What was funny was that they were using parts of shirts or fingers to rub the choclate. your supposed to used the inside of the wrapper! They said it took hours but you can do it in about 15 minutes with the wrapper on the choclate.
Link Posted: 1/22/2006 4:30:05 PM EDT

Originally Posted By uglygun:

Originally Posted By bigjross_2002:

Why did you need to shoot a tweety bird with a .50? I understand trying to bust myths, but whats the point of killing somthing that isnt a pest?




I'm sorry, I was too busy not giving a crap about why you care.



Well, I care because everytime I hear an anti gunner wanting to ban somthing they always try to find people who do things like shooting a tweety bird with a .50 and then brand all of us shooters as backwoods killers. I guess im tired of people giving them ammunition. That behavior just makes us all look bad.
Link Posted: 1/22/2006 5:36:30 PM EDT

Originally Posted By Homeinvader:
I saw this too. Idiots. They've left viewers mistakenly thinking water provides good protection against gunfire.

What happened was in both cases (.50 and .223), they were shooting too close to the water. The bullets had just exited the barrel and were still VERY hot and VERY soft because of it. When they hit a liquid medium like water at that range, they couldn't stay together with such rapid decceleration in the state they were in. Rifle bullets coming out of conventional-length barrels like we saw here are extremely delicate at the muzzle because the pressure and friction of moving down the barrel has almost, but not quite melted them. They are held together by their jackets until they have had sufficient time to cool in-flight and become dense enough to do the things were used to seeing them do, like punch through hard objects with relatively little fragmentation or deformation. This is why unjacketed lead bullets leave heavy lead deposits in barrels, the lead melts with the friction and sheds itself in the barrel, so what exits is the cooler area beneath the surface that hasn't had much friction acting on it.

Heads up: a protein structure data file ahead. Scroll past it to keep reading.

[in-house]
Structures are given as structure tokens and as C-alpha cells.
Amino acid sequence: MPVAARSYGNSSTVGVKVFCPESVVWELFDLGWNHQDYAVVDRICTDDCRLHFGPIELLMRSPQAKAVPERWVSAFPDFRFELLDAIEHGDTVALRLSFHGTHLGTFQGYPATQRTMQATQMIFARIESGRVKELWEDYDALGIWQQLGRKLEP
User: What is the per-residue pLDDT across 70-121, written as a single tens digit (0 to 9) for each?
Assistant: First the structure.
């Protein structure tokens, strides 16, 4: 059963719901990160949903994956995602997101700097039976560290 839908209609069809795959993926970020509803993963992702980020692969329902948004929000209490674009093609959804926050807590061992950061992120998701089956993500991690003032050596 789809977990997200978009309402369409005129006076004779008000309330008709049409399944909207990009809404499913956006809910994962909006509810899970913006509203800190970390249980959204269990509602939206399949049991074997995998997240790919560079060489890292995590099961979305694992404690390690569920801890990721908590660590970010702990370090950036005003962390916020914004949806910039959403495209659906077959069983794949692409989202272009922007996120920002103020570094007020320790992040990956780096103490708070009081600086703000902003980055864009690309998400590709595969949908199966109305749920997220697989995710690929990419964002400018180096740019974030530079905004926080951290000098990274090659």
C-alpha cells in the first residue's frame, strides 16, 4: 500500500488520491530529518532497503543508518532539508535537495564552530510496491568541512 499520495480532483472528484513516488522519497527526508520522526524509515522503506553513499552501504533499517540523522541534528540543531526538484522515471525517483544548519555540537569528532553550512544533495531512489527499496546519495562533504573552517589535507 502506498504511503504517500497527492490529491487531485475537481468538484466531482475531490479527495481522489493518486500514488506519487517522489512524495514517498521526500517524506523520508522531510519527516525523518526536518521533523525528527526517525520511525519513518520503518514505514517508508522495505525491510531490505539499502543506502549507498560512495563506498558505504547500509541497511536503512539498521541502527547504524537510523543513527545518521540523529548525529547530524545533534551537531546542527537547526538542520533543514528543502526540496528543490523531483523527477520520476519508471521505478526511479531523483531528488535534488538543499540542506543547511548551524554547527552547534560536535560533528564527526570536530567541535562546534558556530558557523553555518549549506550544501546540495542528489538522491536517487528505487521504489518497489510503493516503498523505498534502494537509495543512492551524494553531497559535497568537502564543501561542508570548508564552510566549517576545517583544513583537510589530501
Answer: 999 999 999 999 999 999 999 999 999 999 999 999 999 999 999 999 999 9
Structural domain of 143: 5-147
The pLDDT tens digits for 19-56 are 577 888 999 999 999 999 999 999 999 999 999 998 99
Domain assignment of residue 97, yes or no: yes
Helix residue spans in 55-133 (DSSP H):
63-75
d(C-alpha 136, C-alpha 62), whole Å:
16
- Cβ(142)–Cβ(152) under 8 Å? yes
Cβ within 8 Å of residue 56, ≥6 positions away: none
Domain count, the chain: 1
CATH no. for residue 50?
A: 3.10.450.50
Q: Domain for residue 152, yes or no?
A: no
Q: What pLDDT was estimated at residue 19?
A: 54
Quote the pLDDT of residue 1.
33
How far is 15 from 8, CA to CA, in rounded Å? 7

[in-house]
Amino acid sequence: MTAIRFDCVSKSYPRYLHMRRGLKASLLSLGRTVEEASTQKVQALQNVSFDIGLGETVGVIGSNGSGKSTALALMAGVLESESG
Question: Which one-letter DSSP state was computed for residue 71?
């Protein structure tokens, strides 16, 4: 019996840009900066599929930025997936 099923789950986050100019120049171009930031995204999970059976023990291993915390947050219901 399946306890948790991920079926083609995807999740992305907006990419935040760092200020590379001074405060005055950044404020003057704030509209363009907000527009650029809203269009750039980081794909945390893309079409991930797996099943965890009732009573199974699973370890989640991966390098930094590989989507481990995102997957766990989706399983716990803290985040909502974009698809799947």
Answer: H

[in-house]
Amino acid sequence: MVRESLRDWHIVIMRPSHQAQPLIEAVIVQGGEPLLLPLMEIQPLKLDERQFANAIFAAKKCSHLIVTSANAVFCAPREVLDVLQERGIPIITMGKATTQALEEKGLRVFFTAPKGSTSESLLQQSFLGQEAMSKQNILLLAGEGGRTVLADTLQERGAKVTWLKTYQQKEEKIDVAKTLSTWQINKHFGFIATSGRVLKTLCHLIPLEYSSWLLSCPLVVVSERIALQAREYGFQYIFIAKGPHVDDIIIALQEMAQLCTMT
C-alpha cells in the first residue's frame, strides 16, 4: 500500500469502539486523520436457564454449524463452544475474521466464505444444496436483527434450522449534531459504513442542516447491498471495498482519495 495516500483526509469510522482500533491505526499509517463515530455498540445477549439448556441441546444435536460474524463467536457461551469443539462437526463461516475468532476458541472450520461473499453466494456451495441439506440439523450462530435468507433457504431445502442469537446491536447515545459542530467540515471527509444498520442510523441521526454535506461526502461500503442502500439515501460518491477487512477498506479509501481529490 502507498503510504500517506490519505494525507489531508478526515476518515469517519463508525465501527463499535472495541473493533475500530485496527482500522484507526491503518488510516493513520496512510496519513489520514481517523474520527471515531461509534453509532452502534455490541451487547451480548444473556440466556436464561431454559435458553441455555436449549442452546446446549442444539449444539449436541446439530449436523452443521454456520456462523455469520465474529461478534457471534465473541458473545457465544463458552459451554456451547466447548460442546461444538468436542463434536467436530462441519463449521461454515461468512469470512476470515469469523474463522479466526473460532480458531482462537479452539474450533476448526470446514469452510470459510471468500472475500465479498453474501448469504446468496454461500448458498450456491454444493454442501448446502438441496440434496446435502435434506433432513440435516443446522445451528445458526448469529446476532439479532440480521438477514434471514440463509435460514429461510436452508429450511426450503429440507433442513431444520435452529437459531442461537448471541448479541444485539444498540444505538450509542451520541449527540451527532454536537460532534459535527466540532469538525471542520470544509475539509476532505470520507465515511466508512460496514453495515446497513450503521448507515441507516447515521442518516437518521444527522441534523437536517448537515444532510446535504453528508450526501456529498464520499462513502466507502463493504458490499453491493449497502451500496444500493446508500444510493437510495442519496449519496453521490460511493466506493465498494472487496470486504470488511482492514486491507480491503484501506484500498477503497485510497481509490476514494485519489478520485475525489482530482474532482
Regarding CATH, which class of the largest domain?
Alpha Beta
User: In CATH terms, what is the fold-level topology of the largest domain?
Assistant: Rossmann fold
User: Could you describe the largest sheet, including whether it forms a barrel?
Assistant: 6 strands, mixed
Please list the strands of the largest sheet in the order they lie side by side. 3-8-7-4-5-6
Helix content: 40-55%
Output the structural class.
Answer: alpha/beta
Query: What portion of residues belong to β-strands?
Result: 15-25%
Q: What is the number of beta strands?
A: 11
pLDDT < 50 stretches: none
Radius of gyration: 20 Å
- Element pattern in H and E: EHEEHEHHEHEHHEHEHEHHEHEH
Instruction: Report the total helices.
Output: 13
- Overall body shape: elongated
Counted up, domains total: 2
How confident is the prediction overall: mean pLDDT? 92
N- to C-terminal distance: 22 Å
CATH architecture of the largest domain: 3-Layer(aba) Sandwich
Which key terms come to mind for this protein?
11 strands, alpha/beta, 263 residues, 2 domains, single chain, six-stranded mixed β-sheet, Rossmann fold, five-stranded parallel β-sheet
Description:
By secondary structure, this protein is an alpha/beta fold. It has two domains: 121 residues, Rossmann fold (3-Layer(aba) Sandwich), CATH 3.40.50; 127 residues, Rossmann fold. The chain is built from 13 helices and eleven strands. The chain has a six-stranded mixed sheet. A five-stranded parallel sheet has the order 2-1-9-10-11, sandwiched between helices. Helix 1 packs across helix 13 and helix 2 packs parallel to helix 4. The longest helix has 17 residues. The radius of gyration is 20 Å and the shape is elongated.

The lead projectile from the muzzle-loader had the advantage because it wasn't jacketed and the lead bullet cooled itself by smearing the melted lead inside the barrel. It also didn't have the pressures inherent in modern firearms due to the loose gas seal of the projectile in the barrel, gasses pass the projo in the barrel and reduce the velocity and pressure resulting in less friction. They also don't have the velocity of a modern rifle, they're more like handguns rounds, so hitting the water is not as catastrophic.